Read the January issue for FREE!
more... AmpsGearTube ComboReviewsSound Samples6L6HybridModelingLine 6

Line 6 Spider Valve MKII 1x12 Combo Amp Review

Line 6 Spider Valve MKII 1x12 Combo Amp Review

The Many Modes
Plugging in my go-to Gibson SG, I immediately made the mistake of underestimating the amp’s volume. Again, the loudness is a big shocker. Playing alone on this amp was a lot of fun. It’s really inspiring to have so many estimations of great amps at your fingertips, and you’ll literally lose hours just tooling around with different models and effects. Using the amplifier’s Manual mode, I was able to operate it with only the knobs, like any other amp in my arsenal. Such is the way to get familiar with the Spider and to design your own presets. A few particular favorite models were both of the new models under the Class A mode. The yellow and blue modes emulate a Vox AC30 and a Divided by 13 9/5 (both new additions to this series), respectively. I’ve never played through a Divided by 13 amp, but I really enjoyed the tone of this emulation. Using my neck pickup and the amp’s Gain at 12 o’clock, the amp produced a clear, throaty midrange with a very expressive and raspy (in a good way) high-end bite. The AC30 emulation, similarly voiced to the other Class A emulation, was a worthy rendition of the chiming British classic, with a little less low end.

The two Hi Gain mode models were also impressive. The ’68 plexi emulation had a full low end, cutting mids, and balanced highs. Like most of the other models, this model lost definition and dynamics when the Gain was taken past 2 o’clock. The Diezel Herbert emulation (also new in this series) was where I spent most of my time playing. With a similar voicing to the ’68 Plexi emulator, this emulation had extended low frequencies, well-defined mids which sliced even when slightly scooped, and a sparkling and pseudo-complex high end.

The other new emulations include a Gretsch 6156 and an Orange AD30. Additional past emulations include a Marshall JCM-900, Hiwatt Custom 100, ‘60s Fender Blackface Twin (and Deluxe) Reverb, ‘50s wide panel Fender Deluxe, ’68 Marshall Plexi, and Mesa Boogie Dual Rectifier. Having just reviewed Mesa’s newly redesigned Multi-Watt Dual Rec, I can say that even diehard Recto fans may appreciate this small approximation of their coveted tone beast, for practicing, writing, and as a portable stage backup. I wouldn’t venture to recommend it as a replacement.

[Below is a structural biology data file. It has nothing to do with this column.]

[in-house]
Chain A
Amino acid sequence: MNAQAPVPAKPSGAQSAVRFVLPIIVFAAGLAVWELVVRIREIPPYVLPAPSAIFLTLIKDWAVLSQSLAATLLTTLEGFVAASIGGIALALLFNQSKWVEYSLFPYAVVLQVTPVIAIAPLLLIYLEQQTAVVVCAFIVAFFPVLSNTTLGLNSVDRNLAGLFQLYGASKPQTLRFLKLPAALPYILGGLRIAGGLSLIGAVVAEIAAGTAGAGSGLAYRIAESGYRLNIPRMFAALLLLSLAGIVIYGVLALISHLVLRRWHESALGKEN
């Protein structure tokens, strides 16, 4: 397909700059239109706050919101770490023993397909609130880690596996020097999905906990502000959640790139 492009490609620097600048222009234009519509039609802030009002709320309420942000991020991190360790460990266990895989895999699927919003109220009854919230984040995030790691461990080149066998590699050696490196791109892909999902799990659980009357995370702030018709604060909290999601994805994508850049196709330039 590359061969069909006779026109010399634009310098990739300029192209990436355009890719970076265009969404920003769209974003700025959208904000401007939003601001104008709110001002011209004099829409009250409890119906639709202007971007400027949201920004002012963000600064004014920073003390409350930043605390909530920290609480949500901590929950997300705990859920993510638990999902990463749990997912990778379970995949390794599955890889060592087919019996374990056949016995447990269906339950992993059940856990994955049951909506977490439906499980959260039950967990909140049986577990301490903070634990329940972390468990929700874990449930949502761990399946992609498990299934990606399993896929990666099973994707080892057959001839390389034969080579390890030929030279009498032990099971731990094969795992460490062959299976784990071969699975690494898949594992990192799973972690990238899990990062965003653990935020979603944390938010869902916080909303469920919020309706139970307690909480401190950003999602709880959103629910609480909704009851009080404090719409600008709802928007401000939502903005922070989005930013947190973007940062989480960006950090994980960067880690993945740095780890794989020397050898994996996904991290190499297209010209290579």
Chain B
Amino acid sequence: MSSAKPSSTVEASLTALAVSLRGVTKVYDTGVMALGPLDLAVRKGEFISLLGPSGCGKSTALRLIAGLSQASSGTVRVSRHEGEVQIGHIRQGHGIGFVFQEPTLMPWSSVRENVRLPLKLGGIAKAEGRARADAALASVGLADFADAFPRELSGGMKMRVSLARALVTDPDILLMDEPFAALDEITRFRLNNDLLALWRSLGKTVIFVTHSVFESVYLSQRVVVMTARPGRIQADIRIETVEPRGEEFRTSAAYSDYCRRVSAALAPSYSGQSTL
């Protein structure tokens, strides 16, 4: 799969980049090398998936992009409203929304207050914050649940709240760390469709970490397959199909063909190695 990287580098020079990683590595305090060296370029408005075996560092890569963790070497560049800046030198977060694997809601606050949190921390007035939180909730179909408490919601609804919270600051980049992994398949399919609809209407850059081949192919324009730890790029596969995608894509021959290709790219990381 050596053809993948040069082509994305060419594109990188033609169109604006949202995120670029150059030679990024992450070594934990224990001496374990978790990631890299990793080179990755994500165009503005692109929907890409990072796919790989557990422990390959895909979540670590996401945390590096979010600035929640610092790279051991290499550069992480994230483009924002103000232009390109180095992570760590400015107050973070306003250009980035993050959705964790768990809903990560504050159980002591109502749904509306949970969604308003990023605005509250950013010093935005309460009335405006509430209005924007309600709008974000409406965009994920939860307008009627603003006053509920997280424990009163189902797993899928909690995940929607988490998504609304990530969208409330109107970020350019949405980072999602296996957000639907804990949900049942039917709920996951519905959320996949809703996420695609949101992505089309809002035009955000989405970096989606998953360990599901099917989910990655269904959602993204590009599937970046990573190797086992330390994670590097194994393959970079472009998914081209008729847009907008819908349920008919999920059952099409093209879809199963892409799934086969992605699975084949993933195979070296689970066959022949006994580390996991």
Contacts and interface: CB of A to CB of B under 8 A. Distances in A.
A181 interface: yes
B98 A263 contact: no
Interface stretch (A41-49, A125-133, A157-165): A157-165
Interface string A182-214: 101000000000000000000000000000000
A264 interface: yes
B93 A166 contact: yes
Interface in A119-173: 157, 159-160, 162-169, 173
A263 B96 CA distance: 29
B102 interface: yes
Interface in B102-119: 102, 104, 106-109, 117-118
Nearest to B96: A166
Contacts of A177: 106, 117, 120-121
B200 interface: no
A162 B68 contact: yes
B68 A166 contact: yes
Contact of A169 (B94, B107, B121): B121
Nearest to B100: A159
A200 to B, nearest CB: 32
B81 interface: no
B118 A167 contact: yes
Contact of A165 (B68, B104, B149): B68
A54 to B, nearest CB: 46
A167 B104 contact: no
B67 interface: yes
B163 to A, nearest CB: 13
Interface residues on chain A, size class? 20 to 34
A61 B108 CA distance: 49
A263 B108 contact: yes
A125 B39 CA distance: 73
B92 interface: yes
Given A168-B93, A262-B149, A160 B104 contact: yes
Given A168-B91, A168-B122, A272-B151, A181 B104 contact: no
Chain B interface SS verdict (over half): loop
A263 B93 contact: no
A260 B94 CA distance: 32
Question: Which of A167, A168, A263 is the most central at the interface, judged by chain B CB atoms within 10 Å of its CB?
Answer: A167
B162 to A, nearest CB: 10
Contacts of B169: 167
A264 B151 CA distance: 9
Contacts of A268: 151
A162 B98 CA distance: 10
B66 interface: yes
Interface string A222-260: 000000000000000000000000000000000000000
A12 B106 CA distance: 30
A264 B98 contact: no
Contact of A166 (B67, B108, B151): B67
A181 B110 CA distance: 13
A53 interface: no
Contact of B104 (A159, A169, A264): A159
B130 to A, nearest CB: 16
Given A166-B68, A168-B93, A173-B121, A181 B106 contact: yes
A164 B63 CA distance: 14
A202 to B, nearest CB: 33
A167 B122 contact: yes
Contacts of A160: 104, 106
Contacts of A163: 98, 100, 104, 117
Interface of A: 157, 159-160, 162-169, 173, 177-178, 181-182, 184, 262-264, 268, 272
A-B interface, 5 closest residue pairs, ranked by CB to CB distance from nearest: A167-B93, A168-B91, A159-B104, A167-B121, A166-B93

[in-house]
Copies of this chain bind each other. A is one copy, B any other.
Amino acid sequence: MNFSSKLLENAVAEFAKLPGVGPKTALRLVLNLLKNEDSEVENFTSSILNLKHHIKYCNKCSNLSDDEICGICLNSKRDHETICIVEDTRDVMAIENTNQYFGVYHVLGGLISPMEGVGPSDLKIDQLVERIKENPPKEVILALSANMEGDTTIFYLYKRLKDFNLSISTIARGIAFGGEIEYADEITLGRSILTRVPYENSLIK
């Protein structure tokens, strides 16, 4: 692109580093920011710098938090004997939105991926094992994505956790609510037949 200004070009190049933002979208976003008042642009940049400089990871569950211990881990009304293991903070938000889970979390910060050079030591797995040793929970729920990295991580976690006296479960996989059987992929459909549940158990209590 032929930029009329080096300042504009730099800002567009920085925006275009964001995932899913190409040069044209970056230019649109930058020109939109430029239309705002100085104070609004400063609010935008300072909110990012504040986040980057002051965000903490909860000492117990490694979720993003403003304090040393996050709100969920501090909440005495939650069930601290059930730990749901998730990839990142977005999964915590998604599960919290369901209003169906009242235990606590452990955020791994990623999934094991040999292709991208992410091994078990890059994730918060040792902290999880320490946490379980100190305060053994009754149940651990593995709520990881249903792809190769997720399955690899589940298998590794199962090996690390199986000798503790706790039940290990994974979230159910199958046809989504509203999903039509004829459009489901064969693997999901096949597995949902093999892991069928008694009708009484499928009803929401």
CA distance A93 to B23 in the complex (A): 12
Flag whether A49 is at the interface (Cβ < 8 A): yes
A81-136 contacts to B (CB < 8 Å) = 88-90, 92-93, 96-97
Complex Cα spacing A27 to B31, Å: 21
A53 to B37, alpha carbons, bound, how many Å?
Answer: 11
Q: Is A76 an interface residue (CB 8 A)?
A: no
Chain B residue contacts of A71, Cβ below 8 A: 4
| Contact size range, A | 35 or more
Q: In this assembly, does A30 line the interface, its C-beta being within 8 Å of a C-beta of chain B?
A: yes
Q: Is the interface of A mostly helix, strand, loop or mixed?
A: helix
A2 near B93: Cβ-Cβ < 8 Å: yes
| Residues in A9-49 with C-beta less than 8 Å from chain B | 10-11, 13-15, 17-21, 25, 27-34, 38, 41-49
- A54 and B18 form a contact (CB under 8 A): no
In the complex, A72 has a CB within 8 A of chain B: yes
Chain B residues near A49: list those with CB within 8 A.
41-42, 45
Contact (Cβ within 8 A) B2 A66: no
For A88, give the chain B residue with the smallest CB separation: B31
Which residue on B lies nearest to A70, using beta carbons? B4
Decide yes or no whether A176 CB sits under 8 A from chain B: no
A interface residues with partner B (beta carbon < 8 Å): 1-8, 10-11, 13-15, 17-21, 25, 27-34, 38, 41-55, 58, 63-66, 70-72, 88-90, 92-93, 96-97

The clean tones via the Clean and Twang modes were not terribly impressive (they weren’t terrible either), however using a compressor I was able to quickly turn an average clean sound into one that bloomed with expressive dynamics. The Insane mode is very aptly named. There is no genre of extreme metal that cannot be reached by the wealth of gain in the Spider Valve MKII. You’ll need an appropriate 4x12 cabinet to tap the appropriate ultra-lows required for uber-metal. With such high gain, though, comes immediate feedback, even at low volumes. Thankfully, the Spider’s gate does an excellent job at cleaning up unwanted feedback. This noise gate is very well implemented. It does not snap on and off immediately, but carefully and organically pulls the volume away.

I could write a small book analyzing the various sounds made by the Spider Valve MKII’s 16 amp models and 20 effects. Eventually though, what it boils down to is that some people are going to appreciate what the amp does and some are not.

The Verdict
Having spent a wealth of time playing this amp by myself, I was impressed and excited to give it a run at band practice. This, however, is where the amp showed some weaknesses. It was very easy to dial in way too much gain—and difficult to dial in the right amount—and despite the enormous volume, I had a difficult time cutting clearly through the mix. Adding a custom Avatar 2x12 cabinet loaded with Celestion Vintage 30s did help a bit.

Line 6’s website repeatedly uses the phrase “inspired by” to reference the amplifiers it emulates. Those two words essentially sum up my experience with the Spider Valve MKII. The upside is that it is a very nice emulation, especially when used as a practice amp, but the downside is that it is clearly not reaching for uncharted tonal territory.
Buy if...
you want a great practice/backup amplifier that will suit nearly every genre.
Skip if...
you don’t need built in effects or you want an amp that will wow you in the studio.

Street $749.99 - Line 6 -
Comments powered by Disqus